Cooking With A Himalayan Salt Slab


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    Meat Hacks: Cooking on a Himalayan Salt Slab

    Learn about cooking steak on a Himalayan Salt Slab with Walton's and Meatgistics. Watch the video, read the guide, and then post your questions or comments below.

    Meat Hacks

    Cooking on a Himalayan Salt Slab

    Salt is a key ingredient in almost any meat recipe. It improves the general flavor of almost any meat and has many other benefits as well. What happens when instead of putting salt on your steak you put steak on your salt? Himalayan Salt Blocks Like this one from Cameron’s have been increasing in popularity as a cooking and grilling surface. The Camerons Himalayan Salt slab is 8" x 8" and is 1.5 inches thick.

    It appears to offer a few advantages over traditional methods like cooking on grill grates or cast iron. Since it is a solid slab of natural Himalayan salt it will season your meat as you cook it, so you don’t need to add any rubs or seasonings to your steak, if you don’t want to. This can help cut down on your sodium intake as even though you are cooking on a salt slab and will get some salt into your food the transfer will be less than a fully seasoned steak. Himalayan Salt also has a stronger flavor than regular salt so you don’t need as much to get the same flavor. Aside from the flavor Himalayan salt also contains micro nutrients that are not present in regular table salt.

    These Salt Slabs are very good at heat retention, once you get them up to heat they will maintain a nice even heat and are suitable for cooking at extreme temperatures. These Himalayan Salt Slabs have a melting point of over 1,400 degrees so they can be used for almost any application. The surface is not very porous and the salt helps dry out and kill bacteria so it is a very hygenic cooking surface.

    To get this ready to cook on we need to heat it in stages. Camerons recommends to preheat this slowly, so we will do 15 minutes on low, 15 on medium and 15 on high. This will work well because I like to give my steaks 45 minutes to come to room temperature before cooking them.

    We are cooking a ribeye today, so we want to get this salt block up to around 500°, we are going to check that with the Laser Infrared Thermometer but if you want to know when you Slab is properly pre heated you can sprinkle some water on it and it should immediately sizzle. I am going to cook the steak for 3-4 minutes a side, as I want to get this steak to around 130°. When using a Himalayan Salt Slab it is recommended that you use a metal spatula or tongs, no plastic.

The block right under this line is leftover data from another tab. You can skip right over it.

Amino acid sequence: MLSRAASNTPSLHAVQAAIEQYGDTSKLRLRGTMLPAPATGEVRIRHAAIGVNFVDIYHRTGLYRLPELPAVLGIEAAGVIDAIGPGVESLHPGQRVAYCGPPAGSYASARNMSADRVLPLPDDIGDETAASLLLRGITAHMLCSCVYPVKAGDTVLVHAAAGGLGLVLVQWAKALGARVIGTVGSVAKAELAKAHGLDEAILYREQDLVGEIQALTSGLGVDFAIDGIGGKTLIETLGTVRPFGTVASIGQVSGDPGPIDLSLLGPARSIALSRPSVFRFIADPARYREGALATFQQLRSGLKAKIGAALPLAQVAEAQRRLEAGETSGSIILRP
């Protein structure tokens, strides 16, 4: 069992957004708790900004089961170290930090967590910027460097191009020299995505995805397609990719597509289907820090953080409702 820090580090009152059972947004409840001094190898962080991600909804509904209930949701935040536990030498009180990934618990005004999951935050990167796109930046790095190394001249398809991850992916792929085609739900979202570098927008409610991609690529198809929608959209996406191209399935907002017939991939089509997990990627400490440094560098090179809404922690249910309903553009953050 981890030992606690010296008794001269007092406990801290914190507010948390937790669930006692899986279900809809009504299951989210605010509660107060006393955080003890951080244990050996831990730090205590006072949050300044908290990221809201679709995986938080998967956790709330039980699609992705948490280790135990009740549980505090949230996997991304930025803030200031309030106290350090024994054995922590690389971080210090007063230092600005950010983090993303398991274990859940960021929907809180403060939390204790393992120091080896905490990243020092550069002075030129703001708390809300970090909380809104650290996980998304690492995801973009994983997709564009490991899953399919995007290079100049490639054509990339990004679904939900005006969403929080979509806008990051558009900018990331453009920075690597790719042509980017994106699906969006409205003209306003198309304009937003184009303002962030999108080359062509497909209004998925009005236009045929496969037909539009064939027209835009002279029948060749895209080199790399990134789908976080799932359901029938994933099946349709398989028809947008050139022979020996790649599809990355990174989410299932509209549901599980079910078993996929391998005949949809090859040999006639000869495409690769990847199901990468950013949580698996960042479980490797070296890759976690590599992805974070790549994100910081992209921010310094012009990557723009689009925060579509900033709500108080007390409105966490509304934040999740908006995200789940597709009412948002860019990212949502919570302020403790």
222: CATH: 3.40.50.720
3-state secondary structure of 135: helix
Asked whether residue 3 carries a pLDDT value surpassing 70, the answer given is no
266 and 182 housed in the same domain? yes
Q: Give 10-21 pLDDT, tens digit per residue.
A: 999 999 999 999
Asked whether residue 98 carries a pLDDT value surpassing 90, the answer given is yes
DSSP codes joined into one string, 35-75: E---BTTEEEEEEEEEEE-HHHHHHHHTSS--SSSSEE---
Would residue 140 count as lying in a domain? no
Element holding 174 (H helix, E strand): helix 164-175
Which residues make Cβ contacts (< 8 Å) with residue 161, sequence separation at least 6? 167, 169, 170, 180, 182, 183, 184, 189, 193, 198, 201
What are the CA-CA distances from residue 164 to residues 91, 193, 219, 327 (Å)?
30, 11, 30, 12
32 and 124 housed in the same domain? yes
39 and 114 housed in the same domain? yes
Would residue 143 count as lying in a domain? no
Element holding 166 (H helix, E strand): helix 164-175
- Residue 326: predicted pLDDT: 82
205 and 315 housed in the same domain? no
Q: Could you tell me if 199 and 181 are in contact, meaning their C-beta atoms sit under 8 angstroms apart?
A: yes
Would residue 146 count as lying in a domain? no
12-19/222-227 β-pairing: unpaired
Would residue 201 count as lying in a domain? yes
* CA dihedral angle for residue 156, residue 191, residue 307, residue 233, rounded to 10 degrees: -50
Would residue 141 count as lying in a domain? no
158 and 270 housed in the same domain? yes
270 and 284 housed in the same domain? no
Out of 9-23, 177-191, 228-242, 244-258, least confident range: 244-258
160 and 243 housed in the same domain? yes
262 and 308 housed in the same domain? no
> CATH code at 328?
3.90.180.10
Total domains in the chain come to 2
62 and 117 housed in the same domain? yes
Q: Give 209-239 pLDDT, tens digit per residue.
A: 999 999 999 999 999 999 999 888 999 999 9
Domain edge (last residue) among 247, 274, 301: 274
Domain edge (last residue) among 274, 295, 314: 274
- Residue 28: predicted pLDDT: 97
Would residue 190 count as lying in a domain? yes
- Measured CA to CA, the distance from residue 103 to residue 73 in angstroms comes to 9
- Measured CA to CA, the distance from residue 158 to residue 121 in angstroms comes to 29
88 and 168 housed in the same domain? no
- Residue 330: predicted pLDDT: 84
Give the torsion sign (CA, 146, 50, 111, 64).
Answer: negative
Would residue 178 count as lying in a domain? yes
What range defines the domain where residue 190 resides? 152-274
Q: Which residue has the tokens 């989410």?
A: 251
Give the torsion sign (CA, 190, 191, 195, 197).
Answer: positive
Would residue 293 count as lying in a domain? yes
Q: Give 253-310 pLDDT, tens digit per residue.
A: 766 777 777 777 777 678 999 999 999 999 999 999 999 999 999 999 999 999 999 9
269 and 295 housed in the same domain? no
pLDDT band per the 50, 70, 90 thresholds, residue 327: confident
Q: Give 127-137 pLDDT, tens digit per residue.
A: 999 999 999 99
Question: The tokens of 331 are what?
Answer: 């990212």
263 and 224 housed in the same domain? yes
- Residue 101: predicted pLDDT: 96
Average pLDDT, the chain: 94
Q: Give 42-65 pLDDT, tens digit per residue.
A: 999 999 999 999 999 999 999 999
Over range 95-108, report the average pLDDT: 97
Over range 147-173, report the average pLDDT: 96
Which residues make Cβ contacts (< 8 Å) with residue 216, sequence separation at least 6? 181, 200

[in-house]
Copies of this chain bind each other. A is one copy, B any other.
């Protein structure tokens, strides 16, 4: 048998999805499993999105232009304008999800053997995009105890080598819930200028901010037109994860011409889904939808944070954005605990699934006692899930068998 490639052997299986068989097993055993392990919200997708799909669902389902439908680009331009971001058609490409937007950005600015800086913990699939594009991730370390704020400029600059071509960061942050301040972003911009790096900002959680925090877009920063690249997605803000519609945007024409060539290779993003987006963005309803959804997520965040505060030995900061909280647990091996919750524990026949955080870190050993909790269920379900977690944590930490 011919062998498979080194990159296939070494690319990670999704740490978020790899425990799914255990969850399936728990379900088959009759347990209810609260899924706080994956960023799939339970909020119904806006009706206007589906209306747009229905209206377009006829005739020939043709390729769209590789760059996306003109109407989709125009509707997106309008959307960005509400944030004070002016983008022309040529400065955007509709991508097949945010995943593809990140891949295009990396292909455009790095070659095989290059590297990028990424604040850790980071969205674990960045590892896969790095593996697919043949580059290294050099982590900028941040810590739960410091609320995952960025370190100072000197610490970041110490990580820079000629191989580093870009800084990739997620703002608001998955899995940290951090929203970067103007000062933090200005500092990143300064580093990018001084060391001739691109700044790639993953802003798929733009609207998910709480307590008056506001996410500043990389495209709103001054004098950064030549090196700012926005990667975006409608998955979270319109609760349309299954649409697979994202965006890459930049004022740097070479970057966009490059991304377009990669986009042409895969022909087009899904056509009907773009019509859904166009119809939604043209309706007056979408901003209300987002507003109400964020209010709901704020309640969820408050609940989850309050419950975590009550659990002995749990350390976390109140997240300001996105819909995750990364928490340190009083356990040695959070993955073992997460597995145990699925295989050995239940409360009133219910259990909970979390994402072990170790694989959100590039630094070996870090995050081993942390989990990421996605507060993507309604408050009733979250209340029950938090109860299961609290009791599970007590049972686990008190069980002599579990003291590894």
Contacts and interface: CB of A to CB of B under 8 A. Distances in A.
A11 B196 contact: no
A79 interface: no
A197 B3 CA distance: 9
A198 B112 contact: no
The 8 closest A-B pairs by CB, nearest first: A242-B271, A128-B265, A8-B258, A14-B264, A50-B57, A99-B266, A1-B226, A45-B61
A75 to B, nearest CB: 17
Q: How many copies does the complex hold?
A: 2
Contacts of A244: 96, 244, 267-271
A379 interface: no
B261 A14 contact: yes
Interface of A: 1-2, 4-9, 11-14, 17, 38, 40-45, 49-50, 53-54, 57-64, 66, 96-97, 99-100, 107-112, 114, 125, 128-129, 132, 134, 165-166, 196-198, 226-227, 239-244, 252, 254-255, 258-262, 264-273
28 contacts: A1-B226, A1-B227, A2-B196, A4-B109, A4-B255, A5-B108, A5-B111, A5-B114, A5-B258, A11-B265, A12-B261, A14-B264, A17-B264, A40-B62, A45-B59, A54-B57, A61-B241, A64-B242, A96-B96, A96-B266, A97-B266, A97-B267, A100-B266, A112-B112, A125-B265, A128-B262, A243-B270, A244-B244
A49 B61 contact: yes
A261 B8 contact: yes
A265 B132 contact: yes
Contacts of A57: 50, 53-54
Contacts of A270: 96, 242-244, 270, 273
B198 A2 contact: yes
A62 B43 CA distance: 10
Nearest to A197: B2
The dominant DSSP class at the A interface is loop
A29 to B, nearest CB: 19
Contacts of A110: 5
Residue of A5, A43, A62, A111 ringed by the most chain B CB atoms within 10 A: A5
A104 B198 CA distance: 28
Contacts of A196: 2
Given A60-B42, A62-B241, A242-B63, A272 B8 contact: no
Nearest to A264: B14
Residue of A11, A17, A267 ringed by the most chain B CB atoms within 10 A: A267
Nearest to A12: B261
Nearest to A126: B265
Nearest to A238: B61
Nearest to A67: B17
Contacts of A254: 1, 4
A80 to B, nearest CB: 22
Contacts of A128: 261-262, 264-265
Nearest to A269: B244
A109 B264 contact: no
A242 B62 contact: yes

You could also cook vegetables or seafood directly on this but steak was the first thing I wanted to try.

    So we have a Medium Rare Ribeye with a beautiful crust on it, that is partly because the salt from the block helped draw out the moisture from the outside of the meat and it crisped up beautifully.

    To clean this you will need to let it cool first, so turn off your grill and leave it in there for about an hour or until it is cool to the touch. Then wipe it down with a moist towel or sponge until all the food particles are gone. Do not use soap on this or place it directly under running water or soak it.

    All in all the Camerons Himalayan Salt Grilling Slab is a great tool to use in your kitchen or grill for when you want to try something different or impress your dinner guests. It cooked a very tasty steak and was a lot easier to use than I initially thought it would be. As a bonus it can be used as a serving dish and it looks great when left out on a counter or on a shelf.

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  • I have the a Himalayan Salt Slab, but really didn’t know how to prep before cooking or clean it, so I have only used it once.
    Thanks for the education on how to use my salt block, great video.


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  • W

    In the ‘Meat Block’ you don’t list using a cure. The packet of Landjaeger seasoning I purchased came with a packet of Cure.

    As this is a sausage that is ment to be consumed without cooking shouldn’t a cure be used. I know you put in the wrap up about using Smoked Meat Stabilizer or Sodium Erythorbate are they equivalent to using a true cure.

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  • @tswohl6
    You shouldn’t have a noticeable difference in stuffing based upon the difference of using a grinder or a bowl chopper.
    Your biggest help in making stuffing easier will be using plenty of water. At least 1 quart per 25 lb meat block, but up to 2 quarts is even better. And, your lean to fat ratio will make a difference. Leaner meat will be harder to stuff while a higher fat content will make things easier. Keep the meat as cold as possible too and that will help make things a little easier to stuff as well.

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  • I would continue to use the grinder and just add a little more water to the mixture and make sure you lube the gasket and you should be good to go. Although you could definitely use the Buffalo chopper and just add ice instead of straight water and that should help.

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  • Cured Sausage Specialty Sausage 103: Making Landjaeger

    Attend this entry-level class from Meatgistics University by watching the video, reading the article and post any questions you have!

    Breaking Down Beef Flushing Natural Casings Grinding Meat Protein Extraction Flatenning Out Sausage What is Landjaeger?